The U.S. Department of Agriculture Natural Resources Conservation Service has announced that statewide sign ups for 2007 Farm Bill conservation programs will close Nov. 15.
Early sign ups allow farmers to know the results of their applications when making planting decisions for the coming crop year. The new deadlines apply to the Environmental Quality Incentives Program, Wildlife Habitat Incentives Program and the Agricultural Management Assistance Program.
"Again this year we have the flexibility to hold a program sign up that will end earlier in the year," said Sylvia Gillen, an NRCS conservationist for Utah.
She noted that the 2008 cutoff for sign ups would be June 1, 2007.
The Environmental Quality Incentives Program allows farmers to apply for cost sharing for many types of conservation practices. Those who are awarded contracts will receive up to 50 percent of the costs of the project.
"A good conservation system on working farmland is the most effective thing we can do to protect our water quality and the health of our soils on private working lands," Gillen said.
The Wildlife Habitat Incentives Program provides technical assistance and cost sharing to establish or improve wildlife habitat on any type of land.
The Agricultural Management Assistance Program provides cost-share and incentive payments to producers who apply conservation practices that address such issues as water quality, water management and erosion control.
Generally, only the most environmentally beneficial projects are selected for funding. For more information about applying check http://www.ut.nrcs.usda.gov.
Stripes won’t be removed from frontage road
To the likely dismay of Summit County Commissioner Sally Elliott, the county’s roads department won’t repaint stripes on the frontage road east of U.S. 40 between Quinn’s Junction and Silver Summit in Snyderville.
Elliott insisted recently that medians painted on the road weren’t necessary and reduced the size of the shoulder for cyclists.
"There is consensus from everyone for it to stay the way it is," Summit County Commissioner Ken Woolstenhulme said about a recommendation from engineers and the county’s public works department.
Mayor talks trash on county’s hauler
Giving Allied Waste Services, a company formerly known as BFI, exclusive rights to Summit County’s landfill near Rockport State Park prevents other private trash haulers from fairly competing for customers in Park City, says Duane Schmidt, owner of Humpty Dumpsters in Coalville.
"That’s what all the other jurisdictions do," countered County Chief Civil Deputy Attorney David Thomas during a recent meeting of the Summit County Commission in Coalville.
Allied Waste has hauled residential and commercial trash in Summit County exclusively since the late 1990s.
Prohibiting other haulers from using the Three Mile Canyon landfill near Wanship when the contract was negotiated has allowed "the lowest rate for all the users," Thomas argues.
"All the taxpayers in Summit County benefit from that," he said.
But Schmidt insists, "It is playing favoritism to Allied Waste."
"There is no reason why I shouldn’t be allowed into Three Mile," he laments.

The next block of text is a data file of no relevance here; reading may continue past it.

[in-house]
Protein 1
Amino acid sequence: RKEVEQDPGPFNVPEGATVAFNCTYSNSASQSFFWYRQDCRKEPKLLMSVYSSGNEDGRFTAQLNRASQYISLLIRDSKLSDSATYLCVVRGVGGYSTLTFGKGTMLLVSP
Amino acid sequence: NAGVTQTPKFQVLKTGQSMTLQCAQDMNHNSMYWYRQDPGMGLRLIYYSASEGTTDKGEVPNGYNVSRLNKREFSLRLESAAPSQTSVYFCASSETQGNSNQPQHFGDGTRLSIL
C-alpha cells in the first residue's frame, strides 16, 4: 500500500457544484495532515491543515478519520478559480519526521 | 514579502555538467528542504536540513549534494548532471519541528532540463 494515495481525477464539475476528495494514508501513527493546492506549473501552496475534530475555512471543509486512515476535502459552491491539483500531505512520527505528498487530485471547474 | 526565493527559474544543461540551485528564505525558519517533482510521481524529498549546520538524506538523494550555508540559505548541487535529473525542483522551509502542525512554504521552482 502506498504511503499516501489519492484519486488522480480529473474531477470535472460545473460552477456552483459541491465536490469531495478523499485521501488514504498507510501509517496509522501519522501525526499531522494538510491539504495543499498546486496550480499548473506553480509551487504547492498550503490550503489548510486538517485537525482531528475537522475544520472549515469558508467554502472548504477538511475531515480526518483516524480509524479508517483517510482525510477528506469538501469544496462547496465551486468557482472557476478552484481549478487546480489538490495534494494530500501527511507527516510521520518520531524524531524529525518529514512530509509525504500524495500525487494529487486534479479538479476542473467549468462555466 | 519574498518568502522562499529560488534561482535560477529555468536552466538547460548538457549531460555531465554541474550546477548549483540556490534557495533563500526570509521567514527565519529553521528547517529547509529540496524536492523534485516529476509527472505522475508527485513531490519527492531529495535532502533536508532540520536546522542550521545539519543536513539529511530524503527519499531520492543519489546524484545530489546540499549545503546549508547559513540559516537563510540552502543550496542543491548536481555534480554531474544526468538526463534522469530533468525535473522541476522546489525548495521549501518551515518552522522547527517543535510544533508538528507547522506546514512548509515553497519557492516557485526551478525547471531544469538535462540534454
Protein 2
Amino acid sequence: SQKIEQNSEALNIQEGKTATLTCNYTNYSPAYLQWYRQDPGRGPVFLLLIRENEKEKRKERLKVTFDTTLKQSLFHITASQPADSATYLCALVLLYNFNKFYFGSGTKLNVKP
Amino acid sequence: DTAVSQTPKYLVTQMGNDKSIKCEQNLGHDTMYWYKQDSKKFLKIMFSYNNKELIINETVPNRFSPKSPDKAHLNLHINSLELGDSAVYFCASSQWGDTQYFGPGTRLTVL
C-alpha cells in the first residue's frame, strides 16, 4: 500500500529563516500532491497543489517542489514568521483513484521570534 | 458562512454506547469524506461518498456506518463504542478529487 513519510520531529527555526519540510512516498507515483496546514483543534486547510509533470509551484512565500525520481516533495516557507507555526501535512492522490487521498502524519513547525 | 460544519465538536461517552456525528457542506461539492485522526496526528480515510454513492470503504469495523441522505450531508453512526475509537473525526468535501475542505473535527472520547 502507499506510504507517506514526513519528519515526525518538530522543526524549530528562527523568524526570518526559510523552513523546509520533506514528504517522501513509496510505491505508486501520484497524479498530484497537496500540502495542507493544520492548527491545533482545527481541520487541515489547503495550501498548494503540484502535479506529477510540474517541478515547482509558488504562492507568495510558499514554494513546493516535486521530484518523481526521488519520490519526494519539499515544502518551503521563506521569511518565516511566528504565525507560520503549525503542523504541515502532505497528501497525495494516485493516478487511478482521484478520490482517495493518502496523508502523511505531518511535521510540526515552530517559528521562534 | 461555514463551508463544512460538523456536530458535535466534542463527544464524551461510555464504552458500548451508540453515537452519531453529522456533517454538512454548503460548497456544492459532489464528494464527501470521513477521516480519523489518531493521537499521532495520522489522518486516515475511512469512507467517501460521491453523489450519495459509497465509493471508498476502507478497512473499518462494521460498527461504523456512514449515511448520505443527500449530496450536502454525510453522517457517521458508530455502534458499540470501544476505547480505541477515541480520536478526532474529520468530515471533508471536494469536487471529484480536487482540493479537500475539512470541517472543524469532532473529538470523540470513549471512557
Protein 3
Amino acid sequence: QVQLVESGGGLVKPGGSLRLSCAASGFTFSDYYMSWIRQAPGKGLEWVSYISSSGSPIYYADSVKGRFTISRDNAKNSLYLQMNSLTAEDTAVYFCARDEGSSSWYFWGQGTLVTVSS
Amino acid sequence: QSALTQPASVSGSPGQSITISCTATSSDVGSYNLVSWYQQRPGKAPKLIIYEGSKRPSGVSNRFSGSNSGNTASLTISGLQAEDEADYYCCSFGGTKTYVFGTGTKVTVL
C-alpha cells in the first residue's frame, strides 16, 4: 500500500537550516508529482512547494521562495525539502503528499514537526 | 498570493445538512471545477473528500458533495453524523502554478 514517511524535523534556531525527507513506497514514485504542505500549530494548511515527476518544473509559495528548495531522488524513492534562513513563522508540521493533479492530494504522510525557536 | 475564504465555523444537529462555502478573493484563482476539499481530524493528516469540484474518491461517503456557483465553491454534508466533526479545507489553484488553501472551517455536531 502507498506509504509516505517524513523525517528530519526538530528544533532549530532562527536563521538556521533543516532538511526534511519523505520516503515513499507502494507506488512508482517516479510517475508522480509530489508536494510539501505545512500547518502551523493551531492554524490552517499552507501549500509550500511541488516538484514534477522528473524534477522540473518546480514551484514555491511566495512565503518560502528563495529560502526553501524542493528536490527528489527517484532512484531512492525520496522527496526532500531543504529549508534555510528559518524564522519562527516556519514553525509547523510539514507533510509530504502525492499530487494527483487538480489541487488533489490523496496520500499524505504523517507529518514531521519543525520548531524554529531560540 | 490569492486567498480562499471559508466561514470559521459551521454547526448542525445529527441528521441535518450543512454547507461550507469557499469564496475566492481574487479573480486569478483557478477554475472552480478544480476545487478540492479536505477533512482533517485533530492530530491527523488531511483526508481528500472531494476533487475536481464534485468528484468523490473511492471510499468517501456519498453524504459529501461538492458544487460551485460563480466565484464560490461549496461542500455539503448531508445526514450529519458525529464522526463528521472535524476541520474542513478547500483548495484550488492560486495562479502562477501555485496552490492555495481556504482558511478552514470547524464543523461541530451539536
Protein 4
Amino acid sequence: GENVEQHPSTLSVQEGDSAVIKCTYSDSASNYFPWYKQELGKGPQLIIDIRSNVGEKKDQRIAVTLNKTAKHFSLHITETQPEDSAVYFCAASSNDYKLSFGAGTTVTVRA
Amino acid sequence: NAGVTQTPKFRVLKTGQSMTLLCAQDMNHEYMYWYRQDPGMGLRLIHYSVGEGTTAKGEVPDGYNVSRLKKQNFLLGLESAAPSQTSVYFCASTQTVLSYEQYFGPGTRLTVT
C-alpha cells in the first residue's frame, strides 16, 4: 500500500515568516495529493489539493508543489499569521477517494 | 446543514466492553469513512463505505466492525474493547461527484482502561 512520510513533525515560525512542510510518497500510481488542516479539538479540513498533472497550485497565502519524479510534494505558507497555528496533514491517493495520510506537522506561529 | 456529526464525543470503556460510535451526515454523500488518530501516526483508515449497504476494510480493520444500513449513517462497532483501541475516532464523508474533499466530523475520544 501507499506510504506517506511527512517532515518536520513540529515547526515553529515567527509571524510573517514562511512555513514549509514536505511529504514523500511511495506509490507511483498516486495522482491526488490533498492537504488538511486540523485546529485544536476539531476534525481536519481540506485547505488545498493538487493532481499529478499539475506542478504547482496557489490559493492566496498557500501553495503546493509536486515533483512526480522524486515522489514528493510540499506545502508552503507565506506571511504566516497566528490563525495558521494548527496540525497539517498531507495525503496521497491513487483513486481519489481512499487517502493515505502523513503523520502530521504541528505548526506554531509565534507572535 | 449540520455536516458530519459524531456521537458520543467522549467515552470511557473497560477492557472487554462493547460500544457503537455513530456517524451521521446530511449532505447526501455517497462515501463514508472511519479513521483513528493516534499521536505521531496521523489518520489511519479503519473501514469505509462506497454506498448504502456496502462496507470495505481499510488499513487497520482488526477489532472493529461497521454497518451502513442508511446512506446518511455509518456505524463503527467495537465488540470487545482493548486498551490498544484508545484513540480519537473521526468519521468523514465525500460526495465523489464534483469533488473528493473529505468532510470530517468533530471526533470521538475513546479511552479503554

Private trash haulers like Humpty Dumpsters compete in western Summit County to haul waste from construction sites in the area.
BFI, however, is the only commercial hauler allowed to dump near Wanship, Schmidt said, adding that others must use a landfill in Henefer or truck the trash to Salt Lake County.
"[Three Mile Canyon] is a county-owned landfill that is supported through tax dollars," said Schmidt, who is also the mayor of Coalville.
As part of a request for bids from trash haulers interested in picking up residential waste in the county for the next five years, the Summit County Commission is preparing to leave the hauling of all commercial trash to the private sector.
Perry retires from Board of Adjustment
Pinebrook resident Ron Perry stepped down from the Summit County Board of Adjustment last month having served 12 years on the committee.
Attorney Alison Pitt was named to replace him on the board.
"I really enjoyed serving Summit County and in particular trying to be fair to all the citizens," Perry said.
The appointed Board of Adjustment hears appeals from citizens dissatisfied with decisions made by county staffers.
"It’s a very, very important position because it’s the last bastion before somebody takes their appeal before the district court," Perry said. "We’re their last chance to have a departure from the code or the last stand on an administrative decision."
Perry, who is a Democrat, served one term as a Summit County Commissioner in the 1990s and was defeated by Democratic Summit County Commissioner Sally Elliott in commission primary election in 2004.
In the Democratic primary election last June, Summit County Assessor Barbara Kresser trounced Perry in his bid to replace to popular incumbent.
"I think my political career is over," Perry said, adding that he intends to serve at least another years on the administrative board for the Snyderville Basin Special Recreation District.
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Buses, trains and gondolas doesn’t have quite the same ring to it, but they make up the transit alternatives for the mountain transportation system the Central Wasatch Commission is trying to create, mostly in the Cottonwood canyons.